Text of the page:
Seen It All

4B19287A-DC47-4F6B-A994-2576AF67FB4ATrying not to panic, Ralph’s eyes darted all around the busy sidewalk in search of his younger cousin, Henry. Ralph knew that Henry wasn’t quite all there, but he had promised his Aunt Sarah that he would take her son with him when he took the bus into the city that Saturday.

Henry had been walking right behind Ralph just a few seconds earlier, but he seemed to have disappeared into the throng of people on the sidewalk. Ralph was feeling frantic. He started to walk back in the direction they’d just come from, glancing from side to side hoping to catch sight of his cousin.

And then he saw Henry running awkwardly toward him. “Hey Ralphie, Ralphie!” Excited and out-of-breath, Henry leaned his head up against Ralph’s shoulder once he caught up with him.

“Ralphie, I seen the whole thing,” Henry said, breathlessly.

“Huh?” Ralph said. “What did you see?”

“The whole thing, Ralphie. I seen the whole thing,” Henry repeated, still trying to catch his breath.

“What whole thing, Henry? What the hell are you talking about?” Ralph pushed Henry, whose head was still nestled into Ralph’s shoulder, away from him. Then he placed both of his arms on Henry’s shoulders and looked into his cousin’s eyes. “Calm down, Henry, and tell me what you saw.”

“I seen her,” Henry said, brimming over with excitement. “I seen her,” he repeated.

“Who’s ‘her’?” Ralph asked. “Who did you see?”

“I don’t know who she is,” Henry admitted. “But I seen her, Ralphie. I seen her back there.” Henry turned and pointed to the intersection behind him.

Ralph had never seen Henry this manic and it worried him. He wondered exactly who or what Henry had seen.

“Henry, can you show me who you saw?” Ralph said in a voice as calm and quiet as he could muster.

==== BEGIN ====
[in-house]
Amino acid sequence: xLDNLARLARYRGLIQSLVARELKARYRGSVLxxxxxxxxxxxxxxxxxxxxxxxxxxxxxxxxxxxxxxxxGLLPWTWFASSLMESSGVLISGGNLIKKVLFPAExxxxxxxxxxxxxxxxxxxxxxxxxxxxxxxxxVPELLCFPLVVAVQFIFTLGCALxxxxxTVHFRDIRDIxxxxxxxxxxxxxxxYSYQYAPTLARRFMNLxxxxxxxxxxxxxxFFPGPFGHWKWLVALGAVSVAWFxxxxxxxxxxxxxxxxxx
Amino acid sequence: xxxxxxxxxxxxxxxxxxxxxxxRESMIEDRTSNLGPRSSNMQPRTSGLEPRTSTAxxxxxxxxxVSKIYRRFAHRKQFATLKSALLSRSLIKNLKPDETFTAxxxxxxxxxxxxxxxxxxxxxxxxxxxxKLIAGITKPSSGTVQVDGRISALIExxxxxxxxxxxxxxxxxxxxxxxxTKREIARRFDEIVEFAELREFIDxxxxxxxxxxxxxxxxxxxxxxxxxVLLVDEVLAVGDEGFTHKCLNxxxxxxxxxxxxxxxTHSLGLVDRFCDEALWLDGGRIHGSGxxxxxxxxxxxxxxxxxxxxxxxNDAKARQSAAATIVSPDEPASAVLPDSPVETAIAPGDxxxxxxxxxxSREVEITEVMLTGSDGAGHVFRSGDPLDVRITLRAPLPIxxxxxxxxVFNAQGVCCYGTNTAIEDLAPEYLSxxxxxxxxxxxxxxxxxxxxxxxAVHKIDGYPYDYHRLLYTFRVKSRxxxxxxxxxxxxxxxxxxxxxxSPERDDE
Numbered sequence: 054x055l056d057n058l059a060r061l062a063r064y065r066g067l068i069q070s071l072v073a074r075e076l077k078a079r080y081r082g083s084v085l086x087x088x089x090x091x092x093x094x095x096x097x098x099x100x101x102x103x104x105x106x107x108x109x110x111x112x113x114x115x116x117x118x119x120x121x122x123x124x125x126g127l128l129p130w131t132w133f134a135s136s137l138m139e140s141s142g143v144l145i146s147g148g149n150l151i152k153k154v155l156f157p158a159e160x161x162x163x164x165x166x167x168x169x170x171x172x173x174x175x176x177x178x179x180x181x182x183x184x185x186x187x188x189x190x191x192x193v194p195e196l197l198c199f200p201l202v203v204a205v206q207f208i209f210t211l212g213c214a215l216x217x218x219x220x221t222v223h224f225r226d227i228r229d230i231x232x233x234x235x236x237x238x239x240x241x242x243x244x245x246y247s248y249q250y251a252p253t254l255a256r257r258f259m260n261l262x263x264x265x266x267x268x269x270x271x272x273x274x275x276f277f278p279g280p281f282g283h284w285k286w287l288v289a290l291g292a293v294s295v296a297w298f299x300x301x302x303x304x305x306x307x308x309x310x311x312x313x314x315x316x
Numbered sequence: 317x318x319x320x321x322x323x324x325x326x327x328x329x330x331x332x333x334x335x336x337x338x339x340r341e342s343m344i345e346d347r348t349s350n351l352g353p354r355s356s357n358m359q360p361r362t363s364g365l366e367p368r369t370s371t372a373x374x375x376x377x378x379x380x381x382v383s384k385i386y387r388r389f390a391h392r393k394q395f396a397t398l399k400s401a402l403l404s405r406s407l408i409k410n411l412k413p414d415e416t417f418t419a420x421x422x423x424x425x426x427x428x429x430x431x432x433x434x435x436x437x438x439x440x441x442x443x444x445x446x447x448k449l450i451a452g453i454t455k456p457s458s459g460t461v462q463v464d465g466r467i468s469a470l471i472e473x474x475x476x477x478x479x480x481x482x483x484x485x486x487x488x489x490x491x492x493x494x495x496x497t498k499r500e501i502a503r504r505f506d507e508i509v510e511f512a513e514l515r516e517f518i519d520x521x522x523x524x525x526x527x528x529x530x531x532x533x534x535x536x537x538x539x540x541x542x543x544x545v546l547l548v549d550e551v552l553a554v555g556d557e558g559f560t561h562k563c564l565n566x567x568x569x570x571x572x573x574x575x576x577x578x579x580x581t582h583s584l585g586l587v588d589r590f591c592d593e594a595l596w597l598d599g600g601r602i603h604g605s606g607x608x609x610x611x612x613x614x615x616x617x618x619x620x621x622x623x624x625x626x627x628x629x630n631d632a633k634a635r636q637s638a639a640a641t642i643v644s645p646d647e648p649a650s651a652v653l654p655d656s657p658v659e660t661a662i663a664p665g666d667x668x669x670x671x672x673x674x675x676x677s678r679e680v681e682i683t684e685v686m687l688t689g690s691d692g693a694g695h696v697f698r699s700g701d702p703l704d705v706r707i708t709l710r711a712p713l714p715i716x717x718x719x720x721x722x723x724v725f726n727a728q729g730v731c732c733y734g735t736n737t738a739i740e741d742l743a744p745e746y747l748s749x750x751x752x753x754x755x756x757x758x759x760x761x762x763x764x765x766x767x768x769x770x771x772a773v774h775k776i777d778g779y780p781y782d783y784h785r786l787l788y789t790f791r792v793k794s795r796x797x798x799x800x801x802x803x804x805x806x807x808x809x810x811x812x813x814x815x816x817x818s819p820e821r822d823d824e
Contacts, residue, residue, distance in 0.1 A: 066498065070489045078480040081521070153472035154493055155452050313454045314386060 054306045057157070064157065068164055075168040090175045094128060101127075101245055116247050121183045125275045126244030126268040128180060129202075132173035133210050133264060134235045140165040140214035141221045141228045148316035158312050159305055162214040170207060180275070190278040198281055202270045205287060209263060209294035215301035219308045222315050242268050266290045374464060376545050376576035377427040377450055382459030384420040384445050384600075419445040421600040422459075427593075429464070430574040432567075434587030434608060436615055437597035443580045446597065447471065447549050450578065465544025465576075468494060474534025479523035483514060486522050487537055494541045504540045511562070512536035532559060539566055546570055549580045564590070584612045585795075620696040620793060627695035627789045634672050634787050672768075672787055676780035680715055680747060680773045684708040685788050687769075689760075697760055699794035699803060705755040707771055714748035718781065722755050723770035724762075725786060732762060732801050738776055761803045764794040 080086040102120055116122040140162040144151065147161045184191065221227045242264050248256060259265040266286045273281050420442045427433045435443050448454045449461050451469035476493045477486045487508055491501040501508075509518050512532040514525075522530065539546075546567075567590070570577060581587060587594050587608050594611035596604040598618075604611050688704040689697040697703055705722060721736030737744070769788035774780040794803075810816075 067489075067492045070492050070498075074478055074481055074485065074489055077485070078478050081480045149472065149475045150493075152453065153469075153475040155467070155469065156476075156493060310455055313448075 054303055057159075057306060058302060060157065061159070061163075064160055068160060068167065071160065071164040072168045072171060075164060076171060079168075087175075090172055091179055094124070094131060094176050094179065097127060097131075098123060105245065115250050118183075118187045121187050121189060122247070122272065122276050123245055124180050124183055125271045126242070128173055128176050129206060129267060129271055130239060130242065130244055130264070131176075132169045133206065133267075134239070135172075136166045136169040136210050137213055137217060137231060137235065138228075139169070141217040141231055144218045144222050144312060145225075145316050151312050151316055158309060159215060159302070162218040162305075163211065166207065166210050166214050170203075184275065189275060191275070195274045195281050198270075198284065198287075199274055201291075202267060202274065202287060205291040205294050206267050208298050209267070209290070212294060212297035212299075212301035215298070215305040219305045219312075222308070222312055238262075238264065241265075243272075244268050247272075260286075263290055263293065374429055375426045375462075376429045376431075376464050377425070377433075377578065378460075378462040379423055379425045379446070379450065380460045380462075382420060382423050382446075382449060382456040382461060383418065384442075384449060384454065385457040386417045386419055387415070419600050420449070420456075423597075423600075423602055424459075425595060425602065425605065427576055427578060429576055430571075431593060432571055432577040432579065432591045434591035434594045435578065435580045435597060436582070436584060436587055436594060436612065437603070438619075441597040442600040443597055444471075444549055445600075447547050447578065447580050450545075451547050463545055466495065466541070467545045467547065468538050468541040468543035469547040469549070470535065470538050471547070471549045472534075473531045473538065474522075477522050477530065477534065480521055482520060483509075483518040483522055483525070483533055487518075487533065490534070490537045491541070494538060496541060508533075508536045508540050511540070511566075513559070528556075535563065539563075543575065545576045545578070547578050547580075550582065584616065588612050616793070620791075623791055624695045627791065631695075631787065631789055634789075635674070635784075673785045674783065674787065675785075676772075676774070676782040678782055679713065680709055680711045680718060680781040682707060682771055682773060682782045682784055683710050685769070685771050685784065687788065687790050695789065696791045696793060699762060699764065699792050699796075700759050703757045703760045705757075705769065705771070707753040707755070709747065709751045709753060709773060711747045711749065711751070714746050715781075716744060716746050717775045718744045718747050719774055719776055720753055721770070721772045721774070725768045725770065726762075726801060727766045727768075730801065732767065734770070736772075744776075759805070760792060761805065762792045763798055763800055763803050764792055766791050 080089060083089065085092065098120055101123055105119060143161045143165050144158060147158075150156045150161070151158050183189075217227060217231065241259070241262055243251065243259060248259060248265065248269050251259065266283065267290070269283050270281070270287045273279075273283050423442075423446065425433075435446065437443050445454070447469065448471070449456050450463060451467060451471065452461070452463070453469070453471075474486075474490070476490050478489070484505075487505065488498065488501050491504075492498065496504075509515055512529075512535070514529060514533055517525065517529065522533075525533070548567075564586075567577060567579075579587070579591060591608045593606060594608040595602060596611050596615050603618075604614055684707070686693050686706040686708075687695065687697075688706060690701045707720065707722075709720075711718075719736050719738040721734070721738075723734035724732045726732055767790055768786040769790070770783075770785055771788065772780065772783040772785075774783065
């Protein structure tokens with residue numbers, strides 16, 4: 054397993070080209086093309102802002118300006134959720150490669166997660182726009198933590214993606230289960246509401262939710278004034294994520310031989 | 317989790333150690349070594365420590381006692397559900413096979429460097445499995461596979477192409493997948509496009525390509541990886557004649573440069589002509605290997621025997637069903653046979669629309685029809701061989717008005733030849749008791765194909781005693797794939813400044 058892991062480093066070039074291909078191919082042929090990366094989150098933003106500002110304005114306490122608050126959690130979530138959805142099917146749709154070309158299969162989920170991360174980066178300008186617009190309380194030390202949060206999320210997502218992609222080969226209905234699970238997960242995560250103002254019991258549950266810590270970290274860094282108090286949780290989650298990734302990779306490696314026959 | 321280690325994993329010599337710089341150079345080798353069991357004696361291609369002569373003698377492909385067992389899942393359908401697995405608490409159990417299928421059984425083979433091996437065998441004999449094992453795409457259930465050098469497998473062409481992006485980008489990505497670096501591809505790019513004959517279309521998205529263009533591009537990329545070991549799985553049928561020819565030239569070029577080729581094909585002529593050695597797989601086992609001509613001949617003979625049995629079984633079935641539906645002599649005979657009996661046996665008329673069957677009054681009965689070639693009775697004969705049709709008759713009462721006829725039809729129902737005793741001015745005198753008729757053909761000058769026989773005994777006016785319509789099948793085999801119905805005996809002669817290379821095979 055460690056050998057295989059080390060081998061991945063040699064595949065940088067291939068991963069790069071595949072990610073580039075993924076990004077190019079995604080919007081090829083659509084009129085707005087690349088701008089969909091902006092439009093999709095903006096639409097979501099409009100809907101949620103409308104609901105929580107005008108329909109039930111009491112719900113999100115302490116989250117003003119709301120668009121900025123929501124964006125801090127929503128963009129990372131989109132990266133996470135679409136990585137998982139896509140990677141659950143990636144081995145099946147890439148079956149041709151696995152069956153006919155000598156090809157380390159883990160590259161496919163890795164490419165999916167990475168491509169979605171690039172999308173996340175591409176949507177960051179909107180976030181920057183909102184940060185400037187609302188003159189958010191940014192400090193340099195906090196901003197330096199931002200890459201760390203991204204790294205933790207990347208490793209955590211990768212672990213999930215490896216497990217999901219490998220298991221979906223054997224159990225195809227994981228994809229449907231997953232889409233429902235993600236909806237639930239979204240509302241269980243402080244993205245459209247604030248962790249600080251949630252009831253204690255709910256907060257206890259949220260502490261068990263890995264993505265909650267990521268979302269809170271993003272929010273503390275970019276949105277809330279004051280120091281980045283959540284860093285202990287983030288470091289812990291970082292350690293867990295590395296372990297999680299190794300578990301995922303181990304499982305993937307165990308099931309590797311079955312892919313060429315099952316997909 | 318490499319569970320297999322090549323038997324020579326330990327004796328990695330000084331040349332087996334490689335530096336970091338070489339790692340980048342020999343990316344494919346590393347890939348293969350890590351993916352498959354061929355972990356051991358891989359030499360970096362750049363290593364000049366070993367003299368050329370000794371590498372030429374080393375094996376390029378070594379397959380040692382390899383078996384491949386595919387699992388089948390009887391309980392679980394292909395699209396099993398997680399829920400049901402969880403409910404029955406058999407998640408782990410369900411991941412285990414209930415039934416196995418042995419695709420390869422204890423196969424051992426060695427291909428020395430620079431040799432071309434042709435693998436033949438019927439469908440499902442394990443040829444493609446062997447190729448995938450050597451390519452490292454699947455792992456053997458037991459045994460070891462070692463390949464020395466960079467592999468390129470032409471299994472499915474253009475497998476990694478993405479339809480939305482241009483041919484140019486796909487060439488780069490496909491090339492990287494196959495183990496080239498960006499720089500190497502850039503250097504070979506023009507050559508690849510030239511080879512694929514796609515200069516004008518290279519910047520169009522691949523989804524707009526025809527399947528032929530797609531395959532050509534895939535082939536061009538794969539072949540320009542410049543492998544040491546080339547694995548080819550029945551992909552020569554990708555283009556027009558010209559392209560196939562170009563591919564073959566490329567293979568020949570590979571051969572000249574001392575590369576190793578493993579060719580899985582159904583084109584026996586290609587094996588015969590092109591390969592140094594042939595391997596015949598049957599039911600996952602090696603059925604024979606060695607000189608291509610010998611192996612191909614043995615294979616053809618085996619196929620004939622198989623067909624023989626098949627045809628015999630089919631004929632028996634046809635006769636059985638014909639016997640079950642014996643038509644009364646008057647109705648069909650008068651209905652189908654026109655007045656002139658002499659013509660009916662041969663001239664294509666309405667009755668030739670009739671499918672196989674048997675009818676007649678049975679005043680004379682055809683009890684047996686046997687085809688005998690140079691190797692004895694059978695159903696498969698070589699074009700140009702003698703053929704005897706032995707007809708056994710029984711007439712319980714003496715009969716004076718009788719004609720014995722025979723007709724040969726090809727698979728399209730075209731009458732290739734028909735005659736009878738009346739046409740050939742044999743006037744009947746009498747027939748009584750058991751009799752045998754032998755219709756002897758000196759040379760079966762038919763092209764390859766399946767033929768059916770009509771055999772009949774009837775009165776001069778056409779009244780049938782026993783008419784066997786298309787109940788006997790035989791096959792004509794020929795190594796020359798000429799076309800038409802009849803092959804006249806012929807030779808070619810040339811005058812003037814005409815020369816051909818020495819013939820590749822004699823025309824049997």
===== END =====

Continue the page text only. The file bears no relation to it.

“I’ll show you what I seen, Ralphie,” Henry said. “Come with me.” Henry grabbed Ralph’s hand and pulled him in the direction from which he had just come running.

They walked to the corner and Henry pulled Ralph to the right. Ralph saw that the side street was cordoned off about a third of the way down the block by several blue police barricades. A crowd of maybe 20 people had gathered around the wooden barriers.

“That’s where I seen her, Ralphie,” Henry blurted out, pointing to where the onlookers stood.

They walked toward the crowd and Henry pointed to the center of what was clearly a crime scene. The cops were attaching yellow police tape to the barricades to create a perimeter. In the middle was the body of a young woman.

“That’s her, Ralphie, that’s the woman I seen.”

“Henry, did you see what happened to her” Ralph asked.

“Yeah, Ralphie,” Henry responded. “I seen the whole thing.”

Ralph again grabbed Henry by the shoulders and looked straight into his eyes. “Henry, this is important. Did you see what happened to her?”

Now agitated, Henry responded, “Yes, Ralphie. That’s what I just said. I seen the whole thing. I seen what happened to her.”